In Part 3 we used the `lm()`

command to perform least squares regressions. In Part 4 we will look at more advanced aspects of regression models and see what R has to offer.

One way of checking for non-linearity in your data is to fit a polynomial model and check whether the polynomial model fits the data better than a linear model. However, you may also wish to fit a quadratic or higher order model because you have reason to believe that the relationship between the variables is inherently polynomial in nature. Let’s see how to fit a quadratic model in R.

We will use a data set of counts (atomic disintegration events that take place within a radiation source), taken with a Geiger counter at a nuclear plant. The counts were registered over a 30 second period for a short-lived, man-made radioactive compound. We read in the data and subtract the background count of 623.4 counts per second in order to obtain the counts that pertain to the radio-active source. Cut and paste the following data into your R workspace.

`geiger <- structure(list(Time = c(0, 1, 2, 3, 4, 5, 6, 7, 8, 9, 10, 11, 12, 13, 14, 15, 16, 17, 18, 19, 20, 21, 22, 23, 24, 25, 26, 27, 28, 29, 30), Counts = c(750, 725.2, 695, 708.5, 725, 690.9, 691.5, 678.6, 686.3, 668.9, 665.3, 669.7, 657.5, 661.6, 665.1, 648.1, 664.9, 647.9, 660, 643, 646.2, 653, 646.9, 639.3, 638.7, 636.8, 650.2, 633.2, 642.2, 649.3, 642.7)), .Names = c("Time", "Counts"), row.names = c(NA, -31L), class = "data.frame")`

geiger

Now we look at the background count and subtract it from the data set.

`backgroundcount <- 623.4`

geiger$Counts <- geiger$Counts - backgroundcount

Let’s attach the entire dataset so that we can refer to all variables directly by name.

`attach(geiger)`

names(geiger)

First, let’s set up a linear model, though really we should plot first and only then perform the regression.

`linear.model <- lm(Counts ~ Time)`

summary(linear.model)

The model explains over 76% of the variance and has highly significant coefficients. However, let’s plot the counts over time and superpose a linear model.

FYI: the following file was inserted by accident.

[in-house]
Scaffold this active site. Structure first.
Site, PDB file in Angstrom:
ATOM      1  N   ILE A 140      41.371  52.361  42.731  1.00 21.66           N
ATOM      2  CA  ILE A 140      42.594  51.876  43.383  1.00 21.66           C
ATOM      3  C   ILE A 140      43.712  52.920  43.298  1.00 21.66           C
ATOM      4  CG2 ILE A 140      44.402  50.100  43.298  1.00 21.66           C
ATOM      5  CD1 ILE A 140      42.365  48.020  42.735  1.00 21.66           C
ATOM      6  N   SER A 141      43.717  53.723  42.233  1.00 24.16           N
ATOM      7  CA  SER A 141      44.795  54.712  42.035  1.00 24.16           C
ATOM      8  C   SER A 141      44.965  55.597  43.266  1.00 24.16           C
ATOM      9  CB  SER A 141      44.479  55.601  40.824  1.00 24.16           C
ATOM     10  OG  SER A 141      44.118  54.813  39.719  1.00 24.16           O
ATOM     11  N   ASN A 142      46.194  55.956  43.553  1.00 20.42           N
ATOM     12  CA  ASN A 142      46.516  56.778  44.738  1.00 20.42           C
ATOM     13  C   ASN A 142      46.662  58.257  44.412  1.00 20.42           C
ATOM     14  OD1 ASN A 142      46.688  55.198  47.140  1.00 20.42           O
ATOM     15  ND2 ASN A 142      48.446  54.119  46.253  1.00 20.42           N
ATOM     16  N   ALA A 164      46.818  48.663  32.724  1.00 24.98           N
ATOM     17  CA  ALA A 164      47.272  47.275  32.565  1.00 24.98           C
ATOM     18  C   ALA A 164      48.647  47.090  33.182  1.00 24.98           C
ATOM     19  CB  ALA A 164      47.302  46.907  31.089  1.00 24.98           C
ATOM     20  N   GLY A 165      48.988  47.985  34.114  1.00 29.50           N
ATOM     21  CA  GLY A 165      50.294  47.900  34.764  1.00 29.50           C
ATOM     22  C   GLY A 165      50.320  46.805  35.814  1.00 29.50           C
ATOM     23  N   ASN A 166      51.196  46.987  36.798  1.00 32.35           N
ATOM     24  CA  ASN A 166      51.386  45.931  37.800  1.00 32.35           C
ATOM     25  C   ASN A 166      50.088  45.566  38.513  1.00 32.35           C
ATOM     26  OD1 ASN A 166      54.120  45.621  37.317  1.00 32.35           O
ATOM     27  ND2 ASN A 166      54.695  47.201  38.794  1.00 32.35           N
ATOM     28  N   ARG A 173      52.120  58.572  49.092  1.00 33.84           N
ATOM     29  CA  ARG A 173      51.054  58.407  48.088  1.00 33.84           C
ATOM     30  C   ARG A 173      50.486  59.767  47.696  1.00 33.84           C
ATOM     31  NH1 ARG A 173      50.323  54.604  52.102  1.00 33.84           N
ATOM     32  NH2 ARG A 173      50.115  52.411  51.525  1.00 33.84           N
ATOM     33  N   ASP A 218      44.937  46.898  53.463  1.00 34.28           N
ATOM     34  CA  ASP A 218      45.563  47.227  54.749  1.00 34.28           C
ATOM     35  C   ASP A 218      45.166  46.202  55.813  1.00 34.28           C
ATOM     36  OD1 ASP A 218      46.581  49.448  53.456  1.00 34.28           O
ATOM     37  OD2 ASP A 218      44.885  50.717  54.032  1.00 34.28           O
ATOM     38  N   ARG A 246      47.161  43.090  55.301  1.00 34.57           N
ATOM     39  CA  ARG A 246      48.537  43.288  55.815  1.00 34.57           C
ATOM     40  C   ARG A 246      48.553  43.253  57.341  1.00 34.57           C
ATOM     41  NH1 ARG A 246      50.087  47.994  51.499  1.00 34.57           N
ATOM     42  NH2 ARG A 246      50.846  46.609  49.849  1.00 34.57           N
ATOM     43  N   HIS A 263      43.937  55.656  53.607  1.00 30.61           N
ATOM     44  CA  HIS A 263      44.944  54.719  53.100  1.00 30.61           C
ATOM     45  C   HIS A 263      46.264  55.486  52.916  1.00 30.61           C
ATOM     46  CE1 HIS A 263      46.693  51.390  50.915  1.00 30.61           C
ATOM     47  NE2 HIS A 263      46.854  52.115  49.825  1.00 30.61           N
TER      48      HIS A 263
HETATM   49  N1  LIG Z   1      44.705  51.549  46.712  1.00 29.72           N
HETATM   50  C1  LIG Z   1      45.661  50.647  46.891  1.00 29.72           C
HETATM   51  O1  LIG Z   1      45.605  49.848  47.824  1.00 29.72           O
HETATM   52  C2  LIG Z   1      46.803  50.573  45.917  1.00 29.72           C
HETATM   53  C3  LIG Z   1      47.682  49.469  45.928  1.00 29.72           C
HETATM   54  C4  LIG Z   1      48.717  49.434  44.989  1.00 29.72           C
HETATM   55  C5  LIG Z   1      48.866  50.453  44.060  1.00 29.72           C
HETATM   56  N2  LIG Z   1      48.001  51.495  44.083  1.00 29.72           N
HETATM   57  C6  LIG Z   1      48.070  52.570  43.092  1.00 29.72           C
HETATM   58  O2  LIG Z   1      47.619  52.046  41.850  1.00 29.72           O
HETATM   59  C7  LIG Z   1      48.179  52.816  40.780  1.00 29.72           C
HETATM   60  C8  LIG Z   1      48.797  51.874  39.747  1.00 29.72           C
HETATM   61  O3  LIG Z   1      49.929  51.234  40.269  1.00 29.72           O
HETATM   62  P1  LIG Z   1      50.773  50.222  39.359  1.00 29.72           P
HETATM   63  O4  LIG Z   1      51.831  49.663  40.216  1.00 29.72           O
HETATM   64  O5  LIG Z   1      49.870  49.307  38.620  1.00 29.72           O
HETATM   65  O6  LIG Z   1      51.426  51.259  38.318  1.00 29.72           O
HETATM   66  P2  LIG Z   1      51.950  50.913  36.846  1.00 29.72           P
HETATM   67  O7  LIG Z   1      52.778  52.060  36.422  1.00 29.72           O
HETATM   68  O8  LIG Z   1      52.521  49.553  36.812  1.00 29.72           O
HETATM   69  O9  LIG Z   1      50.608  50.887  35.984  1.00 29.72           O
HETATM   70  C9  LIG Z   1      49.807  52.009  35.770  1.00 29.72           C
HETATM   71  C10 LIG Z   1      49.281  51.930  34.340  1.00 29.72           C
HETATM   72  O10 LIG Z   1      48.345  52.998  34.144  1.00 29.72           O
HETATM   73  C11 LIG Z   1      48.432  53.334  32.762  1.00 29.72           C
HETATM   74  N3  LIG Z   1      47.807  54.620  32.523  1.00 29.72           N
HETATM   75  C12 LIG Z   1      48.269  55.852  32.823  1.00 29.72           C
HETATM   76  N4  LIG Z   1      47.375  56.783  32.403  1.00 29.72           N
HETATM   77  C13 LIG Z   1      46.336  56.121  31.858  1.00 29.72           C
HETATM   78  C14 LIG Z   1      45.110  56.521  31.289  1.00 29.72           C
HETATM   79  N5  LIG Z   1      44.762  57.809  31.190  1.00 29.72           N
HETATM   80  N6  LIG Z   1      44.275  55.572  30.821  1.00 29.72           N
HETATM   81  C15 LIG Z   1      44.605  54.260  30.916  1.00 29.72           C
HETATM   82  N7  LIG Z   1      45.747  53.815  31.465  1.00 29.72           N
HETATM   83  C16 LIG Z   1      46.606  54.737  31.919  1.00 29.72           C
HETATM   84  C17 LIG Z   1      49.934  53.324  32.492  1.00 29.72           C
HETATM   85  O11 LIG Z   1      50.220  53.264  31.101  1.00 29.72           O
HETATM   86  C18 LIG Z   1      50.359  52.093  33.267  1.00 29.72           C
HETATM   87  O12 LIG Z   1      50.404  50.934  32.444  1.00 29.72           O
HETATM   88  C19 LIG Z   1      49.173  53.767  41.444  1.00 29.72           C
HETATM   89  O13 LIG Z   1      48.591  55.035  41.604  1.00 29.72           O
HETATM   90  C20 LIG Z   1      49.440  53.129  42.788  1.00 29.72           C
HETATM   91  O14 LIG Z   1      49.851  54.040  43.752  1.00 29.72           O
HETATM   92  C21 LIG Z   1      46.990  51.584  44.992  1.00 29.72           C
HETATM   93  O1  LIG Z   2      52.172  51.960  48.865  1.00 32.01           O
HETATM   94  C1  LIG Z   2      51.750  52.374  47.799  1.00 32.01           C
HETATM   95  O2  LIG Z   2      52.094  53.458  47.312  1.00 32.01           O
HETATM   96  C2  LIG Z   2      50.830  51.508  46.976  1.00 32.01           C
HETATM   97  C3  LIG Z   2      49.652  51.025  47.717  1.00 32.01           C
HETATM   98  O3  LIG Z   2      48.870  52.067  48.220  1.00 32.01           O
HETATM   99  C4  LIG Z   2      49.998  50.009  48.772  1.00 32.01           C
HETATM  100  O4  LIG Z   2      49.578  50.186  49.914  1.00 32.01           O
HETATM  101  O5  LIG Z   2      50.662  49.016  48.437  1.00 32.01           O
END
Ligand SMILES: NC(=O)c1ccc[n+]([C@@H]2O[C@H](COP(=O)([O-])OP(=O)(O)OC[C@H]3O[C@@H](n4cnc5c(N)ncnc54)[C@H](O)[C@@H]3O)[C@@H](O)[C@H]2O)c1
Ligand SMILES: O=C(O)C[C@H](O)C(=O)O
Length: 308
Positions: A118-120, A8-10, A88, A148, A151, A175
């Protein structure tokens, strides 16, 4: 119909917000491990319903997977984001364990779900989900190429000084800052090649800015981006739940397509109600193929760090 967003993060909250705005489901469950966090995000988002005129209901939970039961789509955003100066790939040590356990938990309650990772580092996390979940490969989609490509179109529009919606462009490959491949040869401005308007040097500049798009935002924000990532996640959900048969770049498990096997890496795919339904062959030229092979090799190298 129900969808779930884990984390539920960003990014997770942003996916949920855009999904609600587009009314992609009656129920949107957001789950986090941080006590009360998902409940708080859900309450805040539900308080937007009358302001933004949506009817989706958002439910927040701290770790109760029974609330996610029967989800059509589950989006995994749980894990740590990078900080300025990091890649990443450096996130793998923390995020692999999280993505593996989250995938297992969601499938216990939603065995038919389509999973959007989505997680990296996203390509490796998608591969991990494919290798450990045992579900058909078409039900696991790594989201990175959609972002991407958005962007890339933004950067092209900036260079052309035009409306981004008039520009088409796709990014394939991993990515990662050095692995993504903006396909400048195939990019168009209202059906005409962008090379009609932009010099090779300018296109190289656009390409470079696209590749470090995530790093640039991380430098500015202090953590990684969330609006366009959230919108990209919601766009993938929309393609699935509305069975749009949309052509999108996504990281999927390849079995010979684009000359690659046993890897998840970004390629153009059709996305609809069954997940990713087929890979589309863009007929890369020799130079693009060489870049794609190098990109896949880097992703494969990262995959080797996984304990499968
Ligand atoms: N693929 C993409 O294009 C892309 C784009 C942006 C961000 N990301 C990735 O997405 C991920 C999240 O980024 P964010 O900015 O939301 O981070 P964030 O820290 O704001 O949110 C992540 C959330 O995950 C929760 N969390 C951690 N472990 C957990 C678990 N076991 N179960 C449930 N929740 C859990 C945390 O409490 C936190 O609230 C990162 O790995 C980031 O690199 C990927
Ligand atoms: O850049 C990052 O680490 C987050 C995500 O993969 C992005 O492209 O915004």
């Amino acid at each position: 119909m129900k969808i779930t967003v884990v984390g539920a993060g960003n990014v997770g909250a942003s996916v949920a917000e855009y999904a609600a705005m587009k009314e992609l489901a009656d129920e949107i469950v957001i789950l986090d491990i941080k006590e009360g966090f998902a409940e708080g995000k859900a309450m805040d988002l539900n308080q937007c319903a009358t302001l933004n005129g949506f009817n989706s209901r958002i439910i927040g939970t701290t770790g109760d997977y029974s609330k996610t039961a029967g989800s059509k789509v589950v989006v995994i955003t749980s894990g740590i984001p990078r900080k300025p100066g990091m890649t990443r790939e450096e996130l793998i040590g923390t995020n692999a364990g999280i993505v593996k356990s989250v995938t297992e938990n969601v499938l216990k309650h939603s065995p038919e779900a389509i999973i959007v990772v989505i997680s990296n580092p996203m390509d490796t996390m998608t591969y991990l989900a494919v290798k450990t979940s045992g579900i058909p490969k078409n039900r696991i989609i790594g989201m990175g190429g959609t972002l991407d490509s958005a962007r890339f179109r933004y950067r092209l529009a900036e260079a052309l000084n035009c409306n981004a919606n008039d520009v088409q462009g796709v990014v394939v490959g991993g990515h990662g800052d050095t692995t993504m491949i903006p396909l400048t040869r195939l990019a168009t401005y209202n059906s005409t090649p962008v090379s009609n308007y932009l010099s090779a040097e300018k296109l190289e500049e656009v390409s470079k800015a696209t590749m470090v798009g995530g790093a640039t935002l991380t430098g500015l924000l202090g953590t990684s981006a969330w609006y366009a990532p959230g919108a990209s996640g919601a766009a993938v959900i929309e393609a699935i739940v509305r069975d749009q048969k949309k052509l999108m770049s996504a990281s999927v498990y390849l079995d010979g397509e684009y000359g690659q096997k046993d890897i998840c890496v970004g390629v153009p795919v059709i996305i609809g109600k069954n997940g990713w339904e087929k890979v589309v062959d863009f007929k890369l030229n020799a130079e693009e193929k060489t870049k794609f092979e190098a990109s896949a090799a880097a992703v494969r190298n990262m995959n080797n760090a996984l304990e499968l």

`plot(Time, Counts, pch=16, ylab = "Counts per second", cex.lab = 1.3)`

abline(lm(Counts ~ Time))

Here the syntax `cex.lab = 1.3`

produced axis labels of a nice size.

The model looks good, but we can see that the plot has curvature that is not explained well by a linear model. Now we fit a model that is quadratic in time. We create a variable called Time2 which is the square of the variable Time.

`Time2 <- Time^2`

quadratic.model <-lm(Counts ~ Time + Time2)

Note the syntax involved in fitting a linear model with two or more predictors. We include each predictor and put a plus sign between them.

`summary(quadratic.model)`

Our quadratic model is essentially a linear model in two variables, one of which is the square of the other. We see that however good the linear model was, a quadratic model performs even better, explaining an additional 14% of variance. Now let’s plot the quadratic model by setting up a grid of time values running from 0 to 30 seconds in increments of 0.1s.

`timevalues <- seq(0, 30, 0.1)`

predictedcounts <- predict(quadratic.model, list(Time=timevalues, Time2=timevalues^2))

plot(Time, Counts,pch=16, xlab = "Time (s)", ylab = "Counts per Second", cex.lab = 1.3)

Now add the quadratic model to the plot using the `lines()`

command.

`lines(timevalues, predictedcounts, col = "red", lwd = 3)`

The quadratic model appears to fit the data better than the linear model. However, we can go even further. Since the physics of atomic decay involves exponential relationships, we should check whether an exponential function fits the data even better than a quadratic. We will do that next time.

All the best for now!

David

#### Annex: R codes used

# Inserting Geiger dataset into R workspace geiger <- structure(list(Time = c(0, 1, 2, 3, 4, 5, 6, 7, 8, 9, 10, 11, 12, 13, 14, 15, 16, 17, 18, 19, 20, 21, 22, 23, 24, 25, 26, 27, 28, 29, 30), Counts = c(750, 725.2, 695, 708.5, 725, 690.9, 691.5, 678.6, 686.3, 668.9, 665.3, 669.7, 657.5, 661.6, 665.1, 648.1, 664.9, 647.9, 660, 643, 646.2, 653, 646.9, 639.3, 638.7, 636.8, 650.2, 633.2, 642.2, 649.3, 642.7)), .Names = c("Time", "Counts"), row.names = c(NA, -31L), class = "data.frame") geiger # Obtaining counts that pertain to the radio-active # source by subtracting the background count backgroundcount <- 623.4 geiger$Counts <- geiger$Counts - backgroundcount # Attaching dataset and referring variables by names attach(geiger) names(geiger) # Estimating linear regression model linear.model <- lm(Counts ~ Time) summary(linear.model) # Scatterplot and linear regression model plot(Time, Counts, pch=16, ylab = "Counts per second", cex.lab = 1.3) abline(lm(Counts ~ Time)) # Estimating quadratic regression model Time2 <- Time^2 quadratic.model <-lm(Counts ~ Time + Time2) summary(quadratic.model) # Scatterplot and quadratic regression model timevalues <- seq(0, 30, 0.1) predictedcounts <- predict(quadratic.model, list(Time=timevalues, Time2=timevalues^2)) plot(Time, Counts,pch=16, xlab = "Time (s)", ylab = "Counts per Second", cex.lab = 1.3) lines(timevalues, predictedcounts, col = "red", lwd = 3)

Senior Academic Manager in *New Zealand Institute of Sport* and Director of *Sigma Statistics and Research Ltd*. Author of the book: *R Graph Essentials*.